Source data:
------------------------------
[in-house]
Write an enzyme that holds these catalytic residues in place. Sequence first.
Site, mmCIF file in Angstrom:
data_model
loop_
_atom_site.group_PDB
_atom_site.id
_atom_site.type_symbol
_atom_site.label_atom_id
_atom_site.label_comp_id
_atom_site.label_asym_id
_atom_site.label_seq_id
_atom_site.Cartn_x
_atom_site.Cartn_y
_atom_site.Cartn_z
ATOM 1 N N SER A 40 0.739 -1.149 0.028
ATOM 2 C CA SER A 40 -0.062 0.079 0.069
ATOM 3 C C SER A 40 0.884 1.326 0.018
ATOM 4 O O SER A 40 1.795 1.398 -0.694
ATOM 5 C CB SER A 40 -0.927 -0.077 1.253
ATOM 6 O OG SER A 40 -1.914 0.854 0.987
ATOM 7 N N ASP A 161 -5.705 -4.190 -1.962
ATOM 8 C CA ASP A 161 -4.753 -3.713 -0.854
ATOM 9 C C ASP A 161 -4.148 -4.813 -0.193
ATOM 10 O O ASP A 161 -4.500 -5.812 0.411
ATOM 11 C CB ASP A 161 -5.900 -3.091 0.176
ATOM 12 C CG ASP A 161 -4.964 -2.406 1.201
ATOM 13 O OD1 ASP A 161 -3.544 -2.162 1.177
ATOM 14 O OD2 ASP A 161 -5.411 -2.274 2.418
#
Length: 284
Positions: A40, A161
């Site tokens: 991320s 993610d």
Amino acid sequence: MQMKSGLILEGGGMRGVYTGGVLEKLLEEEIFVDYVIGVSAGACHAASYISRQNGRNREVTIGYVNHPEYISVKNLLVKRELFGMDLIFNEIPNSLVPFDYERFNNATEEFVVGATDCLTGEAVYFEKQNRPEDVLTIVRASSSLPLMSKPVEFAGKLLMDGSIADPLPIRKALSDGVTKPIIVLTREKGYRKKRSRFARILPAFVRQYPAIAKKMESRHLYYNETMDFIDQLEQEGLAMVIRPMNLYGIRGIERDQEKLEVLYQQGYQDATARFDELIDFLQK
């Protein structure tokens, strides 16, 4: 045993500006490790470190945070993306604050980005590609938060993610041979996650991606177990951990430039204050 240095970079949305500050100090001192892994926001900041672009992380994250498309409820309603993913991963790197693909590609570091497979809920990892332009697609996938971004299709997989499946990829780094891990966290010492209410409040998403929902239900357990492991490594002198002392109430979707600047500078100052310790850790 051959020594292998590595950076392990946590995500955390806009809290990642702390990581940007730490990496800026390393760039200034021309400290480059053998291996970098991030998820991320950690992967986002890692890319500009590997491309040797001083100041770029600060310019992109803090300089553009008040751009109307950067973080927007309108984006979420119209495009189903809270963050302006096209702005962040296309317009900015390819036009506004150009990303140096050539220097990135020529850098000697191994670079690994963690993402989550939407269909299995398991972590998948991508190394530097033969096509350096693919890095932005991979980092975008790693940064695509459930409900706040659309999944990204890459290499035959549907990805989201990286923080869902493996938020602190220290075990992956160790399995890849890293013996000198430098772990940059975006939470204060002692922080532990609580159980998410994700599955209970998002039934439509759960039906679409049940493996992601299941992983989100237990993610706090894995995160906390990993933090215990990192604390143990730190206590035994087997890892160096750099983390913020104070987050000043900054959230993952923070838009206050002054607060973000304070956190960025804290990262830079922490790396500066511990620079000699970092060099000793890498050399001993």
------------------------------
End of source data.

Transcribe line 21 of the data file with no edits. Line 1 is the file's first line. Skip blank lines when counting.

ATOM 6 O OG SER A 40 -1.914 0.854 0.987